Kayleigh Skinner/Mississippi Today

Myrlie Evers and Gov. William Winter head to the opening ceremonies for the Mississippi Civil Rights Museum and the Museum of Mississippi History in December, 2017.

Myrlie Evers began to weep when she heard the Mississippi Legislature voted to remove the Confederate battle emblem from the state flag.

“I can’t believe it. I am so emotional,” the widow of slain civil rights leader Medgar Evers said. “Medgar’s wings must be clapping.”

On Sunday, the Mississippi House and Senate voted to replace the current state flag, a day after they voted to suspend the rules in order to bring up the new legislation.

If Gov. Tate Reeves signs the bill as expected, Mississippi would cease being the remaining state in the nation with the Confederate battle flag as a part of its state flag.

Under the legislation, a nine-person commission would be appointed to adopt a new design for the state flag. That design must include the phrase, “In God We Trust,” but it can’t include the Confederate battle emblem.

If voters in November reject the new design, the commission would present a different option to the Legislature in 2021.

A recent poll found that 55% of Mississippians wanted to change the current flag. That number jumped to 72% when the flag incorporated the motto, “In God We Trust.”

Both House Speaker Philip Gunn and Lt. Gov. Delbert Hosemann championed passage of the bill in the Republican-controlled Legislature.

State Sen. Robert Johnson, D-Natchez, said the passage of the bill has taught the state a lesson. “We’re white. We’re black,” he said. “We’re from the Delta. We’re from the hills. We’re from the coast. We are one Mississippi moving forward.”

State Sen. Briggs Hopson, R-Vicksburg, acknowledged that the Legislature has “punted this ball away in the past … Right now, in this great state in which we live, on this day, we have an opportunity to push this ball across the goal line.”

Myrlie Evers praised the courage of lawmakers. “I never thought this would happen,” she said. “For the people who hold the palm of Mississippi in their hands, for their wisdom and their strength, for them to vote the way they did is all but unbelievable to me, but I am ever so thankful for that vote.”

Mississippi has flown the current state flag since 1894 — four years after the state adopted a new constitution aimed at reasserting white supremacy and disenfranchising African Americans.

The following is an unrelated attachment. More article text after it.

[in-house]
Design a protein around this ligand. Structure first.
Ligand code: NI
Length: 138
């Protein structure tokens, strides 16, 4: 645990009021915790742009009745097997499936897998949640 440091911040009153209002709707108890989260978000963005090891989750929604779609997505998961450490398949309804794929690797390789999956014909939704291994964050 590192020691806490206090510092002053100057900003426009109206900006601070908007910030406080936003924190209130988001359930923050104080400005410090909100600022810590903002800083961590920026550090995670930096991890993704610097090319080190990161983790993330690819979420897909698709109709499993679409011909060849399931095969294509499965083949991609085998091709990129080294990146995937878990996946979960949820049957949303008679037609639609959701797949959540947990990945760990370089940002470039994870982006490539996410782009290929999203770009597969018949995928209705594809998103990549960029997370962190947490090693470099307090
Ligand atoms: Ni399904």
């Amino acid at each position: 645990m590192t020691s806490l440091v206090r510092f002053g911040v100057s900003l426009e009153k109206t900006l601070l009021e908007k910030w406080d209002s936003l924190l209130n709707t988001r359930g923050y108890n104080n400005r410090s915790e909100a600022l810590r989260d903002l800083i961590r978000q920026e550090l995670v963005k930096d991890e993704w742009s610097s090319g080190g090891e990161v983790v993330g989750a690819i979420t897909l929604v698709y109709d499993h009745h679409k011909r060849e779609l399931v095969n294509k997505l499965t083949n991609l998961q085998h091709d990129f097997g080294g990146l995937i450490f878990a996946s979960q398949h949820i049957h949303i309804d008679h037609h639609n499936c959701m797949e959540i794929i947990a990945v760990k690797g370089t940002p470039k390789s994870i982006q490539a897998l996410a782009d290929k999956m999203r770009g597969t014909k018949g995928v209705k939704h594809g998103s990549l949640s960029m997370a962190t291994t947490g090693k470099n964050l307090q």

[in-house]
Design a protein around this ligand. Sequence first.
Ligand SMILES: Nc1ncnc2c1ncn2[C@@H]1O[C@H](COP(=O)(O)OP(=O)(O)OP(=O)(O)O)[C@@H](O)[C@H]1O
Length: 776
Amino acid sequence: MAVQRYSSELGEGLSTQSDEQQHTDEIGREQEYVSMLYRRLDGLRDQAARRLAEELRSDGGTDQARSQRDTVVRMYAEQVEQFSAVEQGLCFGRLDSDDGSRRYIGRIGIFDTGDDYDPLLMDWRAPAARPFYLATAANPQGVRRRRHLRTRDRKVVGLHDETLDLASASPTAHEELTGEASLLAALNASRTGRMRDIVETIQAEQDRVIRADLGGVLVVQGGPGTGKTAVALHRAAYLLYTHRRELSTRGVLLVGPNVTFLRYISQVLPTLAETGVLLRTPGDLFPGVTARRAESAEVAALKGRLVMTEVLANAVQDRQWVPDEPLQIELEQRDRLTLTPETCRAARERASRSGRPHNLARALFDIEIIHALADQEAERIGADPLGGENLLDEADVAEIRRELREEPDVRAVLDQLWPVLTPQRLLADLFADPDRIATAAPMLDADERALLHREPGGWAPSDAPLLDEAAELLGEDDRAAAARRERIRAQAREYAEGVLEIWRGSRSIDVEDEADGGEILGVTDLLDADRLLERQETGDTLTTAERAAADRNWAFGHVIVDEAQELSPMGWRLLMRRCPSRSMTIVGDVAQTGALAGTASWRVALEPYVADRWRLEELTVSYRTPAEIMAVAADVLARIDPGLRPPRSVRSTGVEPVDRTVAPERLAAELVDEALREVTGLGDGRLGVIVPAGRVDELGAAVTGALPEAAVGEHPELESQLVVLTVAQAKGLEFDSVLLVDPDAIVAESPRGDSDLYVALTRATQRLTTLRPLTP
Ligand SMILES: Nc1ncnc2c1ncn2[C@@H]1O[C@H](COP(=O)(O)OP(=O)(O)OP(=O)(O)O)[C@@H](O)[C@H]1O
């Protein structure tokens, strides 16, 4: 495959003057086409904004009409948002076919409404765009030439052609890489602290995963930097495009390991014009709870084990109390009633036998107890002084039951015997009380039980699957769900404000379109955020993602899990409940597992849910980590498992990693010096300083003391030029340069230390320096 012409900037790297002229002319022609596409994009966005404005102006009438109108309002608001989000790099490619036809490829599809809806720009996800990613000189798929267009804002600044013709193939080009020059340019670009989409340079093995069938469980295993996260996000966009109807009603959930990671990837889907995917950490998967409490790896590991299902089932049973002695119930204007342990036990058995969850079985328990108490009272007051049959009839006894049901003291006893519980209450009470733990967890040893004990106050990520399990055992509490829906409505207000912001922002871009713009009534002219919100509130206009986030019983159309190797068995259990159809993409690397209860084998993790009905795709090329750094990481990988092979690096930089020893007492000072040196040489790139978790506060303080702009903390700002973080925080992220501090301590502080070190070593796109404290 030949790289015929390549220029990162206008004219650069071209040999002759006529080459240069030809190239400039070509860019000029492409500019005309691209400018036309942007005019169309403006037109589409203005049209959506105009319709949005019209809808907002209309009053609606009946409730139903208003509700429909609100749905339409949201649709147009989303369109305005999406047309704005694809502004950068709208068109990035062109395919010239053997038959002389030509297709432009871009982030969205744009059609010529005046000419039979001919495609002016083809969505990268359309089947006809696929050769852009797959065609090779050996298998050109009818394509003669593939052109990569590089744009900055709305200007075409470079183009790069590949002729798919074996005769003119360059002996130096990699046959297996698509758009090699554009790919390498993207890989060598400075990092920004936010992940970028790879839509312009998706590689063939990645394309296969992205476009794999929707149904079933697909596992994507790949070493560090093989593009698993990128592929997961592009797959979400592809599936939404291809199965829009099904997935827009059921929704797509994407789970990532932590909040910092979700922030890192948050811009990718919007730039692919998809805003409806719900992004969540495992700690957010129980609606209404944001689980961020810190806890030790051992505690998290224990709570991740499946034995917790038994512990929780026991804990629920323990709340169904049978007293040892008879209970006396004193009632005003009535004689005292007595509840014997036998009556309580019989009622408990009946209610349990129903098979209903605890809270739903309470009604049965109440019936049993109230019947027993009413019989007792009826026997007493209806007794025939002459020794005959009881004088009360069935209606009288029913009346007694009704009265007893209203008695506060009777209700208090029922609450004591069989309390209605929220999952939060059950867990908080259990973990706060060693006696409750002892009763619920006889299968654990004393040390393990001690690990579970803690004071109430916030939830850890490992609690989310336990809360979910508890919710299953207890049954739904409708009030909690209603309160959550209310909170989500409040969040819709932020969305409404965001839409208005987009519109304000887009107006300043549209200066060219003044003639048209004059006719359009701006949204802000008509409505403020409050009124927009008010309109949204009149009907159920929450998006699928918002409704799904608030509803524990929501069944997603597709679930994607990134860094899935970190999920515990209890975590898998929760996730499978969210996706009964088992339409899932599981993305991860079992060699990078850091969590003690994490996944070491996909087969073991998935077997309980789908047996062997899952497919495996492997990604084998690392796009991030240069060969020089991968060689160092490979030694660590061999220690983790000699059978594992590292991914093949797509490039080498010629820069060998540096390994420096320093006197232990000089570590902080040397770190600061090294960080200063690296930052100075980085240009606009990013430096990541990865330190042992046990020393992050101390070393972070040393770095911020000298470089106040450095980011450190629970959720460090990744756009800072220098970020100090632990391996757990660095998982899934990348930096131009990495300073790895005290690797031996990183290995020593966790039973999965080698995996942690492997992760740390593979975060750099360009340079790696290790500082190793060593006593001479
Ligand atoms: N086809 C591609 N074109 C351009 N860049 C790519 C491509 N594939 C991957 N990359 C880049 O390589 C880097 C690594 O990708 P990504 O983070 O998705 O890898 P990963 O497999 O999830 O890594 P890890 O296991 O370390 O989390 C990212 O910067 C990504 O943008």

Other Southern states followed Mississippi’s lead, and soon African Americans across the South were barred from voting.

Myrlie Evers was born in 1933 in Vicksburg, the last major Confederate stronghold along the Mississippi River before Confederate soldiers surrendered to Union forces on July 4, 1863.

Growing up there, the Mississippi flag symbolized “slavery and second-class citizenship for those whose color was not white,” she said.

She is nearing 90 years of age, she said, “and I have carried the burden of my skin to what it represented to Caucasians and remember what my forefathers fought for — education and land ownership.”

Her late husband, Medgar, “gave his life for his country,” she said. “He fought in Europe as a second-class soldier, fighting for a country that did not appreciate him. His life was taken June 12, 1963, because of those same freedoms.”

She worries that the hard work of those in the civil rights movement has been forgotten.

“We’re moving into more turbulent times because of the leadership in this country,” she said.

After watching the news, she said she sometimes finds herself in anger and despair.

“I feel my heart being ripped in shreds,” she said. “I hurt that deeply for what’s going on in America today.”

The deaths of George Floyd and other African Americans captured on video and shown on television have resurrected nightmares of the night when her husband was shot in the back in their driveway outside their Jackson, Mississippi, home.

When she heard the gunshot, she ran outside, saw her husband in a pool of blood and screamed. He died an hour later at the hospital.

“America is at a crossroads,” she said, just as it was six decades ago during the civil rights movement.

“I don’t have much time left, but I have children and I have grandchildren,” she said. “What kind of future will they have here, what kind of life will they have here in the land of their birth, the land that their grandfather fought in Europe to protect, America the Beautiful? But America is no longer beautiful.”

She continues to pray for God’s help for the nation, she said. “I’m frightened, and I just hope people of goodwill will come together and vote for what they know is right and what is just and what is good for all of us, regardless of race, creed or color.”

She regards hatred as poison. “It poisons us as individuals,” she said. “I don’t want that poison flowing through my veins anymore.”

What Mississippi has done should inspire the nation, she said. “If Mississippi can make a move like this, I hope the rest of America can look at themselves and their states and see their signs of prejudice, hate and racism and perhaps be brave enough to remove them.”

MCIR’s James Finn contributed to this report.

Jerry Mitchell is an investigative reporter for the Mississippi Center for Investigative Reporting, a nonprofit news organization that is exposing wrongdoing, educating and empowering Mississippians, and raising up the next generation of investigative reporters. Sign up for MCIR’s newsletters here.

Email him at Jerry.Mitchell.MCIR@gmail.com and follow him on FacebookTwitter or Instagram.